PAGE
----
|The spectral properties of Phobos have been previously investigated at both visible/near-infrared and mid-infrared wavelengths. These works have shown that Phobos spectra include a broad 0.65 micron feature that may be attributable to Fe-bearing phyllosilicates or Rayleigh scattering by nanophase metallic Fe particles. VNIR spectra of Phobos also include a 2.8 micron metal-OH feature that may be diagnostic of desiccated phyllosilicates or solar wind-induced hydroxylation of the Phobos regolith surface. At mid-IR wavelengths, Phobos displays a variety of spectral classes, which are consistent with tectosilicates, such as feldspars and mixtures of phyllosilicate minerals.
In this work, we re-evaluate MIR spectra of Phobos acquired by the Mars Global Surveyor (MGS) Thermal Emission Spectrometer (TES) experiment. We gathered TES spectra from four early mission TES aerobraking orbits (orbits 476, 501, 526, and 551) and culled the data to include only the highest temperature daytime observations of the Phobos surface. For the surface of Phobos, subpixel temperature mixing is clearly an issue. Therefore, we modeled the radiance of the surface as a linear combination of blackbodies of many different temperatures. The resulting emissivity spectra occasionally have emissivity values greater than unity, but are not affected by strong slopes due to surface anisothermality.
Surface emissivity spectra of Phobos display a variety of spectral shapes while having some features in common. Most spectra display a strong drop in emissivity shortward of the Christiansen Feature (CF), typical of finely particulate silicates. Average spectra all have modeled CFs in the 8.34 to 8.4 micron range, indicating an olivine/pyroxene-dominated surface if the surface is optically immature (devoid of space weathering). It has been shown for the Moon, however, that optically mature surfaces have CF positions that tend to be shifted by ~0.2 microns to longer wavelengths compared to optically immature surfaces of the same composition. Assuming the average surface of Phobos is optically mature, corrected CF positions of 8.14 to 8.2 microns indicate a more feldspar-rich surface. This is consistent with VNIR observations, which lack strong 1 and 2 micron Fe2+ absorption features and longer wavelength MIR transparency features that are consistent with finely particulate tectosilicates such as feldspar.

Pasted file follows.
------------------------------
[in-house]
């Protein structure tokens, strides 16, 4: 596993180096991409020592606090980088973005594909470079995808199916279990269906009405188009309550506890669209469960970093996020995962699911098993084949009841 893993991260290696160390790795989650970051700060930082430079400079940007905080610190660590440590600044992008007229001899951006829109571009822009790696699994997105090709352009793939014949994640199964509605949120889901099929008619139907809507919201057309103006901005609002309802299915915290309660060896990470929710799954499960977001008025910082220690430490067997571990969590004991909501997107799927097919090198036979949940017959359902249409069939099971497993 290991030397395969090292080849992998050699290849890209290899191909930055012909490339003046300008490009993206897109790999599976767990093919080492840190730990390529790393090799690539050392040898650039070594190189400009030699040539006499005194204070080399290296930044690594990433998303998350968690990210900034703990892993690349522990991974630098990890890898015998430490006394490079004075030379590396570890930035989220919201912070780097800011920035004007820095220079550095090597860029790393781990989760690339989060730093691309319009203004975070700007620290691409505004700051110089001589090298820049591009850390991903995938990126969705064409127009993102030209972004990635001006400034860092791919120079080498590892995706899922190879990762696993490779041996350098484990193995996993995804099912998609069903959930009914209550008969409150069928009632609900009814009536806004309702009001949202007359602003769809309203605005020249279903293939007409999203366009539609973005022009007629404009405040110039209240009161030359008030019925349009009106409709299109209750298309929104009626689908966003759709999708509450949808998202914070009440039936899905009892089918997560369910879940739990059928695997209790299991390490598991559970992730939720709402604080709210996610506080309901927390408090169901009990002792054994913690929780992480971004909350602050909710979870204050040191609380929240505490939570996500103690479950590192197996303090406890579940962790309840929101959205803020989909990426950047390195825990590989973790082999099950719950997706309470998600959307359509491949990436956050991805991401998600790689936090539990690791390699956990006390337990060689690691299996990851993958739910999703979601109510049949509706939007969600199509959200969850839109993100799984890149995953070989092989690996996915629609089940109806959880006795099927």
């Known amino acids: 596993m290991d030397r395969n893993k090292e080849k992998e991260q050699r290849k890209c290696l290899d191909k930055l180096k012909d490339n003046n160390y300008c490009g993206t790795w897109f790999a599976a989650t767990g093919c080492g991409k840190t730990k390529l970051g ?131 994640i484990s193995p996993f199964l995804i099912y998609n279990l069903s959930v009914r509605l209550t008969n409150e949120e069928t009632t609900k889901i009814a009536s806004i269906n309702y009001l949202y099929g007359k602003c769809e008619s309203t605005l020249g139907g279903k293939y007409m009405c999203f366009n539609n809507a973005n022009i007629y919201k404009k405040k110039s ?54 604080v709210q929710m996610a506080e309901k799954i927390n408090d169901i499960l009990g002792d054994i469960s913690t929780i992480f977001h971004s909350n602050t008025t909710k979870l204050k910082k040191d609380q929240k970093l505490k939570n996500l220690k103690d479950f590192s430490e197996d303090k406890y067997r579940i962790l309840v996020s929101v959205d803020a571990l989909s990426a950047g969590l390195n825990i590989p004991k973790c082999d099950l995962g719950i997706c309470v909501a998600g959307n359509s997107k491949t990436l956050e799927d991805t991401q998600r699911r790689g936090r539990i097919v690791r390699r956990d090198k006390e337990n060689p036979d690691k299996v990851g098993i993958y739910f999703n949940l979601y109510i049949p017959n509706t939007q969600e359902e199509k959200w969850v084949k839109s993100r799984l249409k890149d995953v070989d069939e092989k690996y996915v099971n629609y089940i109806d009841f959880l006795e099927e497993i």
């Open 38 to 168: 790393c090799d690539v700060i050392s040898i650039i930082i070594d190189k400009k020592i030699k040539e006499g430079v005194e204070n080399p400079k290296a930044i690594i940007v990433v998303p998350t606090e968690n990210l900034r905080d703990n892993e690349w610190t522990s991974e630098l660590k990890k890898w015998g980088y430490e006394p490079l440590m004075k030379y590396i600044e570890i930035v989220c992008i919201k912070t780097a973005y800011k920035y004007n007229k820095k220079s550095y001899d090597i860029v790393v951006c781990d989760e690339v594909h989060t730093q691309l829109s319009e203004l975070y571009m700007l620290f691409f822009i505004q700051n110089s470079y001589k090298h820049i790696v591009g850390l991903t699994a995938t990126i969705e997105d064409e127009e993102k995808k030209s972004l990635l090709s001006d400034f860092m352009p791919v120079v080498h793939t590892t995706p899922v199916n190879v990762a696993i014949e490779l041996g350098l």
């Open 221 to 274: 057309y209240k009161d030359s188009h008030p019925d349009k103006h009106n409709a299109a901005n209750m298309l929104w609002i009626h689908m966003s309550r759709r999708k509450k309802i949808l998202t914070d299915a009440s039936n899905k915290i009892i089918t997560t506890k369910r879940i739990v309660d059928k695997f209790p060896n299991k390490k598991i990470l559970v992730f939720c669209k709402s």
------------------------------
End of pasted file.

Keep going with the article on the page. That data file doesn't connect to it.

Nearly all spectra display emissivity maxima at ~6 microns, consistent with varying levels of surface hydration. This hydration feature may be due to water bound in minerals or transient water formed through interaction of the solar wind with the Phobos surface. The relatively strong 6 micron features found in the TES data are somewhat surprising due to the lack of a strong 3 micron water band in VNIR observations of Phobos. Finally, some spectra display emissivity maxima at ~6.7 microns, which has been shown to be consistent with small amounts of carbonates intimately mixed with silicates. This observation may support the hypothesis that Phobos is a captured D-type asteroid, similar in composition to the Tagish Lake meteorite, which is carbonate-bearing.